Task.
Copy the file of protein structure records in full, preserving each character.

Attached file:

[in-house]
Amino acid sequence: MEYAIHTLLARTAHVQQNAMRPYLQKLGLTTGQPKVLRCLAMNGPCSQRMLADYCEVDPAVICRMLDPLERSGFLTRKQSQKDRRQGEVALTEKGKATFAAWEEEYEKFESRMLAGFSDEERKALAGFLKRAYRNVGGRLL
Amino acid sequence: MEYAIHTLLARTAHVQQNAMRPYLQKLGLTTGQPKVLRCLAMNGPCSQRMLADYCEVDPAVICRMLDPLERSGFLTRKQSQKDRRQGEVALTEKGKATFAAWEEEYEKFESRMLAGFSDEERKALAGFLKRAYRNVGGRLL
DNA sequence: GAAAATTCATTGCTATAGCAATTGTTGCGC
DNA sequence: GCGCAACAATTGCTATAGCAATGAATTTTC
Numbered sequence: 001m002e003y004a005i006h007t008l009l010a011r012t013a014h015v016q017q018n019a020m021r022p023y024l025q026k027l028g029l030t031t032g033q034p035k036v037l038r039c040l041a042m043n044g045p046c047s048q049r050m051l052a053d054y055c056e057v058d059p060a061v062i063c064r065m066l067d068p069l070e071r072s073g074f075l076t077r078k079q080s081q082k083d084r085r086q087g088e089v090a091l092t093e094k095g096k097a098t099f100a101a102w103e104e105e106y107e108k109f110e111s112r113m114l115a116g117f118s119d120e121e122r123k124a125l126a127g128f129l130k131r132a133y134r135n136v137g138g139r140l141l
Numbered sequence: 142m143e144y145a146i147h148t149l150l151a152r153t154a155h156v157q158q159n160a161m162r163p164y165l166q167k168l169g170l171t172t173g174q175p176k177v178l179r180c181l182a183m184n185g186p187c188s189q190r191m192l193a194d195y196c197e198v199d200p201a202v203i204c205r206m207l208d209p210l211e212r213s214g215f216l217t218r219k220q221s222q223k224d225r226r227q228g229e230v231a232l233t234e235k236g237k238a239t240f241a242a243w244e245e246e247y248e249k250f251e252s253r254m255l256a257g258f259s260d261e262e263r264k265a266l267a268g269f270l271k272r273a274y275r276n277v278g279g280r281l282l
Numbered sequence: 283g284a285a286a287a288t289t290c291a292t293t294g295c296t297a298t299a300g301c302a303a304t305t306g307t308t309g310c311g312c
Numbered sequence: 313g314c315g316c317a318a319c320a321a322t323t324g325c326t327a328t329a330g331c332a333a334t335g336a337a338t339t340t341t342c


[in-house]
Amino acid sequence: MEYAIHTLLARTAHVQQNAMRPYLQKLGLTTGQPKVLRCLAMNGPCSQRMLADYCEVDPAVICRMLDPLERSGFLTRKQSQKDRRQGEVALTEKGKATFAAWEEEYEKFESRMLAGFSDEERKALAGFLKRAYRNVGGRLL
Amino acid sequence: MEYAIHTLLARTAHVQQNAMRPYLQKLGLTTGQPKVLRCLAMNGPCSQRMLADYCEVDPAVICRMLDPLERSGFLTRKQSQKDRRQGEVALTEKGKATFAAWEEEYEKFESRMLAGFSDEERKALAGFLKRAYRNVGGRLL
DNA sequence: GAAAATTCATTGCTATAGCAATTGTTGCGC
DNA sequence: GCGCAACAATTGCTATAGCAATGAATTTTC
Numbered sequence: 001m002e003y004a005i006h007t008l009l010a011r012t013a014h015v016q017q018n019a020m021r022p023y024l025q026k027l028g029l030t031t032g033q034p035k036v037l038r039c040l041a042m043n044g045p046c047s048q049r050m051l052a053d054y055c056e057v058d059p060a061v062i063c064r065m066l067d068p069l070e071r072s073g074f075l076t077r078k079q080s081q082k083d084r085r086q087g088e089v090a091l092t093e094k095g096k097a098t099f100a101a102w103e104e105e106y107e108k109f110e111s112r113m114l115a116g117f118s119d120e121e122r123k124a125l126a127g128f129l130k131r132a133y134r135n136v137g138g139r140l141l
Numbered sequence: 142m143e144y145a146i147h148t149l150l151a152r153t154a155h156v157q158q159n160a161m162r163p164y165l166q167k168l169g170l171t172t173g174q175p176k177v178l179r180c181l182a183m184n185g186p187c188s189q190r191m192l193a194d195y196c197e198v199d200p201a202v203i204c205r206m207l208d209p210l211e212r213s214g215f216l217t218r219k220q221s222q223k224d225r226r227q228g229e230v231a232l233t234e235k236g237k238a239t240f241a242a243w244e245e246e247y248e249k250f251e252s253r254m255l256a257g258f259s260d261e262e263r264k265a266l267a268g269f270l271k272r273a274y275r276n277v278g279g280r281l282l
Numbered sequence: 283g284a285a286a287a288t289t290c291a292t293t294g295c296t297a298t299a300g301c302a303a304t305t306g307t308t309g310c311g312c
Numbered sequence: 313g314c315g316c317a318a319c320a321a322t323t324g325c326t327a328t329a330g331c332a333a334t335g336a337a338t339t340t341t342c